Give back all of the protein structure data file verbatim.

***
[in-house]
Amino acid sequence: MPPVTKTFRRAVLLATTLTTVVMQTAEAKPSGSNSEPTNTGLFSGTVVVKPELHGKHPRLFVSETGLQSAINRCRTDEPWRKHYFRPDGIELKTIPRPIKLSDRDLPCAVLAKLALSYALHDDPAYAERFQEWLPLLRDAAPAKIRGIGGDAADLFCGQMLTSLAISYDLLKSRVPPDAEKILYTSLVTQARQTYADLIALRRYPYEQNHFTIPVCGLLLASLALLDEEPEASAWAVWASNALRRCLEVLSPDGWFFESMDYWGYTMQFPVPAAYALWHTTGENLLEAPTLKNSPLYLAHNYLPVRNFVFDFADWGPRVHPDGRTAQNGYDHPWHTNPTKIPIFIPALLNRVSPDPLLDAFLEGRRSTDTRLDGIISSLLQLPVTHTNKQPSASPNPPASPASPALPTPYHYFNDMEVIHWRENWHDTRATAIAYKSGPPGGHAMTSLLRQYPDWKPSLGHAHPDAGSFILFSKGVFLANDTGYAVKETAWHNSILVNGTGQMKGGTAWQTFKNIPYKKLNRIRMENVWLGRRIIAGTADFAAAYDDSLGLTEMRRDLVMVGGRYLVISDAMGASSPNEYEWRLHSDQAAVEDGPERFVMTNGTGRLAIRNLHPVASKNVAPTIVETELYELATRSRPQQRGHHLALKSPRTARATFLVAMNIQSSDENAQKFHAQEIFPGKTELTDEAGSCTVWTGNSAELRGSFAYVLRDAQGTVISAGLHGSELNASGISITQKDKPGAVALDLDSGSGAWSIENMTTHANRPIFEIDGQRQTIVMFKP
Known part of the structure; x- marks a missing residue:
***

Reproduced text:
[in-house]
Amino acid sequence: MPPVTKTFRRAVLLATTLTTVVMQTAEAKPSGSNSEPTNTGLFSGTVVVKPELHGKHPRLFVSETGLQSAINRCRTDEPWRKHYFRPDGIELKTIPRPIKLSDRDLPCAVLAKLALSYALHDDPAYAERFQEWLPLLRDAAPAKIRGIGGDAADLFCGQMLTSLAISYDLLKSRVPPDAEKILYTSLVTQARQTYADLIALRRYPYEQNHFTIPVCGLLLASLALLDEEPEASAWAVWASNALRRCLEVLSPDGWFFESMDYWGYTMQFPVPAAYALWHTTGENLLEAPTLKNSPLYLAHNYLPVRNFVFDFADWGPRVHPDGRTAQNGYDHPWHTNPTKIPIFIPALLNRVSPDPLLDAFLEGRRSTDTRLDGIISSLLQLPVTHTNKQPSASPNPPASPASPALPTPYHYFNDMEVIHWRENWHDTRATAIAYKSGPPGGHAMTSLLRQYPDWKPSLGHAHPDAGSFILFSKGVFLANDTGYAVKETAWHNSILVNGTGQMKGGTAWQTFKNIPYKKLNRIRMENVWLGRRIIAGTADFAAAYDDSLGLTEMRRDLVMVGGRYLVISDAMGASSPNEYEWRLHSDQAAVEDGPERFVMTNGTGRLAIRNLHPVASKNVAPTIVETELYELATRSRPQQRGHHLALKSPRTARATFLVAMNIQSSDENAQKFHAQEIFPGKTELTDEAGSCTVWTGNSAELRGSFAYVLRDAQGTVISAGLHGSELNASGISITQKDKPGAVALDLDSGSGAWSIENMTTHANRPIFEIDGQRQTIVMFKP
Known part of the structure; x- marks a missing residue: